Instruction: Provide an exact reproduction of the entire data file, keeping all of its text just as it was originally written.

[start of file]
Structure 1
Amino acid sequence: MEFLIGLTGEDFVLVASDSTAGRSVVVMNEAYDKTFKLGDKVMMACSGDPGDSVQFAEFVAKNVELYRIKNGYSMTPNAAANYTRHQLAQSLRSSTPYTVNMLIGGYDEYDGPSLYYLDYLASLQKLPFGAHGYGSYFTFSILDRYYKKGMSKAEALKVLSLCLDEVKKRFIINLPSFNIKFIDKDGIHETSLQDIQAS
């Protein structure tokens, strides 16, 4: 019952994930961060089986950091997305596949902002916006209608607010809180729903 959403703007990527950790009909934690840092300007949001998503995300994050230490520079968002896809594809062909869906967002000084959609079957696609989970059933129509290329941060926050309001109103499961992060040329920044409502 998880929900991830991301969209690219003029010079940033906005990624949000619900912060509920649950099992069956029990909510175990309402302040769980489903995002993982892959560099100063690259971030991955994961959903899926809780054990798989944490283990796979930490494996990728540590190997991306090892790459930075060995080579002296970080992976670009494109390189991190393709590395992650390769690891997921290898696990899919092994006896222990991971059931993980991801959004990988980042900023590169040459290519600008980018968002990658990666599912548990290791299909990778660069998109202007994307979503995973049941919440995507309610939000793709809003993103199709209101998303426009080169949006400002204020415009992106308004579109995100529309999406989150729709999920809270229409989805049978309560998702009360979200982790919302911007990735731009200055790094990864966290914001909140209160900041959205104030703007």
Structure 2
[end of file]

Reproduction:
Structure 1
Amino acid sequence: MEFLIGLTGEDFVLVASDSTAGRSVVVMNEAYDKTFKLGDKVMMACSGDPGDSVQFAEFVAKNVELYRIKNGYSMTPNAAANYTRHQLAQSLRSSTPYTVNMLIGGYDEYDGPSLYYLDYLASLQKLPFGAHGYGSYFTFSILDRYYKKGMSKAEALKVLSLCLDEVKKRFIINLPSFNIKFIDKDGIHETSLQDIQAS
């Protein structure tokens, strides 16, 4: 019952994930961060089986950091997305596949902002916006209608607010809180729903 959403703007990527950790009909934690840092300007949001998503995300994050230490520079968002896809594809062909869906967002000084959609079957696609989970059933129509290329941060926050309001109103499961992060040329920044409502 998880929900991830991301969209690219003029010079940033906005990624949000619900912060509920649950099992069956029990909510175990309402302040769980489903995002993982892959560099100063690259971030991955994961959903899926809780054990798989944490283990796979930490494996990728540590190997991306090892790459930075060995080579002296970080992976670009494109390189991190393709590395992650390769690891997921290898696990899919092994006896222990991971059931993980991801959004990988980042900023590169040459290519600008980018968002990658990666599912548990290791299909990778660069998109202007994307979503995973049941919440995507309610939000793709809003993103199709209101998303426009080169949006400002204020415009992106308004579109995100529309999406989150729709999920809270229409989805049978309560998702009360979200982790919302911007990735731009200055790094990864966290914001909140209160900041959205104030703007």
Structure 2